Trees without fruit, spots which the faith defame,
As wandringstarres whose course hath thein desigo'd: When insolency kills, or doth oppresse,
Of such did Enoch prophesy of old, Those guilty are of each ensuing harme,
That which this judgement doth at last unfold. Who curbe them not who do the laws transgresse, Ere indignation generous courage warme;
Those stumbling blockes, rockes which with ruine When parties wrong'd must needs themselves re
Destruction's traynes, obnoxious unto all, Whil'st lack of justice doth them justly arme: Not onely with the rest, are damo'd to Hell, As bound by credit vengeance to procure,
Whose threatned torments quaking soules appall, The braving object scorning to endure.
But railing at them many thousands tell,
How they had beene the meanes to make them fall: When great offendors iustice not removes, “ This wretched comfort, the afflicted love, And chiefly them by whom to death one bleeds, That for their faults, they others may reprove." Since, given to broils, such persons no man loves, And each occasion still more mischiefe breeds; But though they thus to make their faults seem lesse, Their safety many a time their ruine proves : The Lord himselfe, the divels and men doe blame, For malefactors, whil'st that their misdeeds All doth afford no helpe for their distresse, Repentance expiats, made happy so,
Nor workes it pitty, but augments their shame: Do (as from beds) to Heaven from scaffolds go. Like anguish doth their fellow partners presse,
And others doe with shouts their joyes proclaime: Thus in like sort they blame some masters now, Thus quite neglected in a desp'rate state, Who them with whom they had by power prevail'd, They by contesting, but procure more hate. Not unto God, but to themselves made bow, If not to them, not caring how they fail'd; As some (by sentence when condemn'd to dye) And did sometimes command, at least allow By gazing troupes and friends, hemm'd round about, Those faults whose fruits to profit them avail'd; The executioner attending by, Such soules as pretious should have beene preserv'd, The coffin gaping, and the hatchet out, Who were God's creatures, though that them they Th'earth sometimes view,looke sometimes to the sky, serv'd.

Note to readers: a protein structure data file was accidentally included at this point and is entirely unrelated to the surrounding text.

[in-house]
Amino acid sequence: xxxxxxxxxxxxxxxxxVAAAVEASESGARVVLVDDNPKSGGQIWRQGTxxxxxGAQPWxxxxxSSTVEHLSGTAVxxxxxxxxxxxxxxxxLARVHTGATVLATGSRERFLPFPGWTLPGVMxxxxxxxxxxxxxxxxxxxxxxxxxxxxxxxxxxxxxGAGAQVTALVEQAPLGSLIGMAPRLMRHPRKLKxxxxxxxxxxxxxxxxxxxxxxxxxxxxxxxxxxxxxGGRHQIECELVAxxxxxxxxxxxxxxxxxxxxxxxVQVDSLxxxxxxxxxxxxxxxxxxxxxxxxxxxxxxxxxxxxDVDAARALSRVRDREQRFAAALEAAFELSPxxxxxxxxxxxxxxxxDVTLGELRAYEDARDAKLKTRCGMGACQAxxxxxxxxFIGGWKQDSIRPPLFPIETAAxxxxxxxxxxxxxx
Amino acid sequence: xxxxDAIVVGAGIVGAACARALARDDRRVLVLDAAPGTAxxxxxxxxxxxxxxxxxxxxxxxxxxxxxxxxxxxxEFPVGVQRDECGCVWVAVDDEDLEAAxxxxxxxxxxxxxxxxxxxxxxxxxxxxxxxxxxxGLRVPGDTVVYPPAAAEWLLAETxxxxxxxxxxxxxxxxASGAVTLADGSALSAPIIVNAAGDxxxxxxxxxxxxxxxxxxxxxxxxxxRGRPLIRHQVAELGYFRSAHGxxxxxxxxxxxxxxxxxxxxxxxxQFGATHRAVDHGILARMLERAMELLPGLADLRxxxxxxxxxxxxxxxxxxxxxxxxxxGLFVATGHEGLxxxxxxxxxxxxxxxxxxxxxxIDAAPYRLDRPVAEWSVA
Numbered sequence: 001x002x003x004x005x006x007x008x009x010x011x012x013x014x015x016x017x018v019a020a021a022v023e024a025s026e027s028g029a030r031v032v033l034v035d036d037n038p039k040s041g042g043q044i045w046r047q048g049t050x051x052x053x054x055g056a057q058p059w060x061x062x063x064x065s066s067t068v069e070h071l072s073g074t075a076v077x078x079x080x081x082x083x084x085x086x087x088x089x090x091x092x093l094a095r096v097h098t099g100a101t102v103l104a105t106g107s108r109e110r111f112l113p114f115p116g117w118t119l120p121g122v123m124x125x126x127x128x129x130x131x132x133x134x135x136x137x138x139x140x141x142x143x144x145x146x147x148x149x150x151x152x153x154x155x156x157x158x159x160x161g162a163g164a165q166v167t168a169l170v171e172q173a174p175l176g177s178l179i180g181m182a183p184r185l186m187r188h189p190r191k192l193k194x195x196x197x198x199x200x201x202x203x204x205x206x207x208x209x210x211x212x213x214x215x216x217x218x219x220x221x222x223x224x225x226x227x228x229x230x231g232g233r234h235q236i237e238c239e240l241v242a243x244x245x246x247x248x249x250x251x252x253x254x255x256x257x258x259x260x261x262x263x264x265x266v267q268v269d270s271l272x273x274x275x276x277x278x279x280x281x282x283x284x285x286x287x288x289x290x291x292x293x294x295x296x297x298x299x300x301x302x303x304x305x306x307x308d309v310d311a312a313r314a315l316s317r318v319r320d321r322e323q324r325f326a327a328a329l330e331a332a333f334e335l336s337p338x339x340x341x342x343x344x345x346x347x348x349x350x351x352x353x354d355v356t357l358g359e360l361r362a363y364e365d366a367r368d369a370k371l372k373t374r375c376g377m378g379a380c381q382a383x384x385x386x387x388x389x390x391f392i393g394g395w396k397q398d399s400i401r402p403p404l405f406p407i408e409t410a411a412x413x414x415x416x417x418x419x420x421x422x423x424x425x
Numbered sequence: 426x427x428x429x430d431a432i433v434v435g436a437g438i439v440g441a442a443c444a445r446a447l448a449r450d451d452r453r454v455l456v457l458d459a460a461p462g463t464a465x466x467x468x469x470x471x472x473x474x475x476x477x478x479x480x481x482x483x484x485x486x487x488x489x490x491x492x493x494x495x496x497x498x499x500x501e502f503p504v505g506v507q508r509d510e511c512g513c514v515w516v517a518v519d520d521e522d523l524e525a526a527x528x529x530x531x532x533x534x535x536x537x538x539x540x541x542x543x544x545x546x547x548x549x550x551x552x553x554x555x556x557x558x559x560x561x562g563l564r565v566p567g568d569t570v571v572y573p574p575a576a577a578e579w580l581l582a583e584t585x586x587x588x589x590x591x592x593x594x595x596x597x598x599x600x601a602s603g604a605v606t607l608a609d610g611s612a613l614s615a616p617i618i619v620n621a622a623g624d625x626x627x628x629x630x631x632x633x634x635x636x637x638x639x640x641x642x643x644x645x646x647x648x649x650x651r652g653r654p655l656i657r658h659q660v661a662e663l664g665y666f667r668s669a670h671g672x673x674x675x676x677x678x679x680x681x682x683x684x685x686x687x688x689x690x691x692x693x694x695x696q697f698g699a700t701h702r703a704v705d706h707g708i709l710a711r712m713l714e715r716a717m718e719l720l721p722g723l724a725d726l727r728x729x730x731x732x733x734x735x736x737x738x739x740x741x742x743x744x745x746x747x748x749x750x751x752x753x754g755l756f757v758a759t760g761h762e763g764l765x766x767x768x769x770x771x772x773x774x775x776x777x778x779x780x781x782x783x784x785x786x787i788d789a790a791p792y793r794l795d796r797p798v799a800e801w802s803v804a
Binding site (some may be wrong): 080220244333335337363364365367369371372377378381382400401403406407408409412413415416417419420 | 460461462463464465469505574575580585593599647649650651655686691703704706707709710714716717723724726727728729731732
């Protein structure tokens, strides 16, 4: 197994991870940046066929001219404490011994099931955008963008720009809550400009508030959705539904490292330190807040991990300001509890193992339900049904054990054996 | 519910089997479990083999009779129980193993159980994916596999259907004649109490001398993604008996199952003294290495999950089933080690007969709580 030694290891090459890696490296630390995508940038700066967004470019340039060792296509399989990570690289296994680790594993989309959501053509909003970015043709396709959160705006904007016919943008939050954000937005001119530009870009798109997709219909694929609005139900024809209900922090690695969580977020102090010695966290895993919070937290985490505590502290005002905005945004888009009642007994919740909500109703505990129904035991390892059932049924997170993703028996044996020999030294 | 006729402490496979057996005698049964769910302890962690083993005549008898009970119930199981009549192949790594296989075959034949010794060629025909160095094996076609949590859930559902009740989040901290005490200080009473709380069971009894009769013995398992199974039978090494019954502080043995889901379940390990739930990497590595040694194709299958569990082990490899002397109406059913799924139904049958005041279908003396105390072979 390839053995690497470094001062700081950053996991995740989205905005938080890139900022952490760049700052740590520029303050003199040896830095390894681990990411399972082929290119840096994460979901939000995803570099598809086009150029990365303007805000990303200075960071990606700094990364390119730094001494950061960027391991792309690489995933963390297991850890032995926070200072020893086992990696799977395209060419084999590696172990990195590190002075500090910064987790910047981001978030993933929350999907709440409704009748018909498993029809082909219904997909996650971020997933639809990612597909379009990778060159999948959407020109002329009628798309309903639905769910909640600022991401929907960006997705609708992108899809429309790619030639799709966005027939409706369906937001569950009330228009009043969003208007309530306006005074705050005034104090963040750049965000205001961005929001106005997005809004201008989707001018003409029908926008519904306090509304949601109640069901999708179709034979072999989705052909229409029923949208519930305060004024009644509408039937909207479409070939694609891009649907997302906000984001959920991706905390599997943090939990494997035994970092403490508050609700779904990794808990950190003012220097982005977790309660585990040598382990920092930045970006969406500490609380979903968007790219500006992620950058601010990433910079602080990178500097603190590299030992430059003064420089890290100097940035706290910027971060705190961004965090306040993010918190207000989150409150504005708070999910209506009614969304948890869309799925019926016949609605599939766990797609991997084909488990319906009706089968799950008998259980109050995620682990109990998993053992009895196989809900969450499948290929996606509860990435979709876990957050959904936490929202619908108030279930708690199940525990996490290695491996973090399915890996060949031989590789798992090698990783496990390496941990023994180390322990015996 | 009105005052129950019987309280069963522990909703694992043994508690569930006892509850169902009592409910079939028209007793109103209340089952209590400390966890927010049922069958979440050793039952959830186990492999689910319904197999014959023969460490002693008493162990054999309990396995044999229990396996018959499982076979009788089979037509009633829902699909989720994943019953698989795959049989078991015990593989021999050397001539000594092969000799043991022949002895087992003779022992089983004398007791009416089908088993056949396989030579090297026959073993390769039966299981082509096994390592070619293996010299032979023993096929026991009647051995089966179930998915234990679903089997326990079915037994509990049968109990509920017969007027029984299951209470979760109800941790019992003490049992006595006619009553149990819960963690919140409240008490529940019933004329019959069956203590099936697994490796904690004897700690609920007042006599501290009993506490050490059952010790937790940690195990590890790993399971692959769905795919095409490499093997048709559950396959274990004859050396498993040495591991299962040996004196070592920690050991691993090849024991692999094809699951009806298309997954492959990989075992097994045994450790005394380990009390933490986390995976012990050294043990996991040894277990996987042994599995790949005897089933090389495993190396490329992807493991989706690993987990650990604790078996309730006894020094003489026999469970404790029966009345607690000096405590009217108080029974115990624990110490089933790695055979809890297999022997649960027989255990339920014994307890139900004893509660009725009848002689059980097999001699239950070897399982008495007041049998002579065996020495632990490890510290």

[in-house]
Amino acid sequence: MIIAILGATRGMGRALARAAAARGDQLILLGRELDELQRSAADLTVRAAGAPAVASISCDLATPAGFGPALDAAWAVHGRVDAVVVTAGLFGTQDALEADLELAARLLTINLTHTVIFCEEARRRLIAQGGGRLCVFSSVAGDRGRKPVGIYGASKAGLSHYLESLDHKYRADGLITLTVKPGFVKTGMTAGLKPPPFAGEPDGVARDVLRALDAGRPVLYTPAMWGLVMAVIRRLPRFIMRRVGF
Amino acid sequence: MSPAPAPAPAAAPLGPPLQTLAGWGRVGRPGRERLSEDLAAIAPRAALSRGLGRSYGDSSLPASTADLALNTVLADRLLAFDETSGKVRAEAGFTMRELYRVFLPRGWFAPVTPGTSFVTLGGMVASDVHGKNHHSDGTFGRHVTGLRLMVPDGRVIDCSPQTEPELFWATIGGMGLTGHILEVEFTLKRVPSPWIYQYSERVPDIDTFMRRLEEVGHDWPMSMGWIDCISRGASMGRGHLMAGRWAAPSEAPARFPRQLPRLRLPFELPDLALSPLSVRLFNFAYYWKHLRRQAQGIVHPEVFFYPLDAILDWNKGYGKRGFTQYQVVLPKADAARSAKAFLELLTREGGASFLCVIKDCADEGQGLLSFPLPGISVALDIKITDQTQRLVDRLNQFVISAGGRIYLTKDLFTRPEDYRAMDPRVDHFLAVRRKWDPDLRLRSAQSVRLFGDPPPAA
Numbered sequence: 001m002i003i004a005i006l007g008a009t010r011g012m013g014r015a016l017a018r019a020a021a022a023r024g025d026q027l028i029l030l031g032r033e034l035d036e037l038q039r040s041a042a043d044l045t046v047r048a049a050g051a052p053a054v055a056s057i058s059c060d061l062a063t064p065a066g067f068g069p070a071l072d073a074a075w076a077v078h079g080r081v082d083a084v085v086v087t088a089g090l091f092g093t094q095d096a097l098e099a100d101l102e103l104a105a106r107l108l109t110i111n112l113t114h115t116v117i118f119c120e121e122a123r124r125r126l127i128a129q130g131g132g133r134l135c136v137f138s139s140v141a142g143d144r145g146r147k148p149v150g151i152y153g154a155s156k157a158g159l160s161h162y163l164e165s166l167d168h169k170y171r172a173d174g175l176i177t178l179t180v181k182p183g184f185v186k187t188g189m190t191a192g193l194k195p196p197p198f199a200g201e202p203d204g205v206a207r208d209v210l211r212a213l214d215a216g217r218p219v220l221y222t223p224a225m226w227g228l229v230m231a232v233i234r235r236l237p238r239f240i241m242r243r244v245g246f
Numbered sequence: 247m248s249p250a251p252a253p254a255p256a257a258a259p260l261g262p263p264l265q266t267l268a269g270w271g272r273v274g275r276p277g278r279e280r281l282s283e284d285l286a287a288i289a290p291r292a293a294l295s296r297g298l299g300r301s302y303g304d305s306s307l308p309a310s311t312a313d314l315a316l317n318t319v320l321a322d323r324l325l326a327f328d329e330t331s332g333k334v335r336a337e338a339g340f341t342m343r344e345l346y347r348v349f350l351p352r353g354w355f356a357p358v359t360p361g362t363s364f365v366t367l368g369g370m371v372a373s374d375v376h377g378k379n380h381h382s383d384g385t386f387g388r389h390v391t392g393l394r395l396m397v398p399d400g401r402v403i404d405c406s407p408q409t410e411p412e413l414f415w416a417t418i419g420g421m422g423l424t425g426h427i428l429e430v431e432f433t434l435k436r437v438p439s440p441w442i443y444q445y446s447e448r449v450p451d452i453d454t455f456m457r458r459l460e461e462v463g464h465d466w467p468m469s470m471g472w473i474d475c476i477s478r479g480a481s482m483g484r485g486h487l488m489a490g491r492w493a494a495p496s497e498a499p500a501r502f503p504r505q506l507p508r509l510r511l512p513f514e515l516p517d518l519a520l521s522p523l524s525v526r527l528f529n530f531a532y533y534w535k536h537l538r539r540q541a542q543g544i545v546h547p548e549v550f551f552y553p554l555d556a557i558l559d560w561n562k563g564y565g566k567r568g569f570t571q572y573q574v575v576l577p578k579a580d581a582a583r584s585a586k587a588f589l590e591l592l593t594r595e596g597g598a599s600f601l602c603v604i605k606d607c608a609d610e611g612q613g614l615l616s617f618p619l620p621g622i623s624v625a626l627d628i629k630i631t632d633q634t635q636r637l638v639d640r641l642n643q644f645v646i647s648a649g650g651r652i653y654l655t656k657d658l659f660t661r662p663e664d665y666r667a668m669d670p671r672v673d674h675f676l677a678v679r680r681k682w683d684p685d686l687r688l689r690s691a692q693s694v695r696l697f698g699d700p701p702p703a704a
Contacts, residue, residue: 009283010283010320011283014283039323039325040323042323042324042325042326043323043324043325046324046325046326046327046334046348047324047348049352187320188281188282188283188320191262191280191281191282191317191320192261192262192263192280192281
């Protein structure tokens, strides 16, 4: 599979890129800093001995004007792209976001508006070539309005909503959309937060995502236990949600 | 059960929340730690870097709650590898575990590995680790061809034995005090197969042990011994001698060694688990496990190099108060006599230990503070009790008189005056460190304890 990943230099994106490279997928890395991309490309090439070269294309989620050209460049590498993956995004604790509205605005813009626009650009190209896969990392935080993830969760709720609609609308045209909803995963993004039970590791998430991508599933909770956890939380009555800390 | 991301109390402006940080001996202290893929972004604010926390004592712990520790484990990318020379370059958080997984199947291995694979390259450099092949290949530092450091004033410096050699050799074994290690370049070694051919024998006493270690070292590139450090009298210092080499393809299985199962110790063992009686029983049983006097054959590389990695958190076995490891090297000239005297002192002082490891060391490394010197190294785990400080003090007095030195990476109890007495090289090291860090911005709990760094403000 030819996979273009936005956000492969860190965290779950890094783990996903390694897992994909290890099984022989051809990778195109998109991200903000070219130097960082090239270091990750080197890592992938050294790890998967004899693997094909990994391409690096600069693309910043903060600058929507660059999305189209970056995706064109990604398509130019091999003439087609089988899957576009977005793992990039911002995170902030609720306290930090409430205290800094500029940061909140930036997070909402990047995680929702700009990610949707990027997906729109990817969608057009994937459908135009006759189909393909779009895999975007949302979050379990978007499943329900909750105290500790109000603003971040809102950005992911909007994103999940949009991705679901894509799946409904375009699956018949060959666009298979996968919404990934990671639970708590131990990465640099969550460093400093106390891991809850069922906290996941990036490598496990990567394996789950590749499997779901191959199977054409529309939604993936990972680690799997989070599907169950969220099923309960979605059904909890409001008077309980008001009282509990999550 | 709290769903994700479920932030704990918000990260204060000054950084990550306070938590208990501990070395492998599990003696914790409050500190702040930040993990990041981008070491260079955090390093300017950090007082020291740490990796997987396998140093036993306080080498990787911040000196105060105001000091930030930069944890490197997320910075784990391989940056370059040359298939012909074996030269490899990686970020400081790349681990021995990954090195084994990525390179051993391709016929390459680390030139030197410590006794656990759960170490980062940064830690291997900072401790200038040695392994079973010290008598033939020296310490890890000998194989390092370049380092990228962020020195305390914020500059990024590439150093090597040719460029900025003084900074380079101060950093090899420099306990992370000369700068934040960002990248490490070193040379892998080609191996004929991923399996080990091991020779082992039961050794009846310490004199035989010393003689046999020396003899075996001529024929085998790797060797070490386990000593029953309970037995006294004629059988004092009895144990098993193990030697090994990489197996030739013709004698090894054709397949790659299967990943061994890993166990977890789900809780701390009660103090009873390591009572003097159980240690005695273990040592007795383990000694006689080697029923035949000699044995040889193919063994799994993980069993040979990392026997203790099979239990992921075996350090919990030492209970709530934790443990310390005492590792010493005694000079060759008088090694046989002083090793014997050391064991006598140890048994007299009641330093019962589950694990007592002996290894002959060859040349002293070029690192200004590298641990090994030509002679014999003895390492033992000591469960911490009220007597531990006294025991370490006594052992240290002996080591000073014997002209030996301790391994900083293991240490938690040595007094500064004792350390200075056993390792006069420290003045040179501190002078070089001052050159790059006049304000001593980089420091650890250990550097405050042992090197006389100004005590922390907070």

And, loth to leave them, doe pretend some doubt:
Which thy must cleare, as which concernes their / From this sad sentence, backe to the Stygian state, crime,
What horrid clamour sounds the last retreat. So glad to gaine some space from posting time.
If for affaires which mutuall good impart, The wicked thus (it seemes) could wish to stay, A little way till some few houres be runne, The full performance of Christ's great decree, Kinde wives and husbands doe but chance to part, As loth to leave this (though most fearefull) day, A friend from frend, a mother from her sonne, The last of light that they shall ever see ;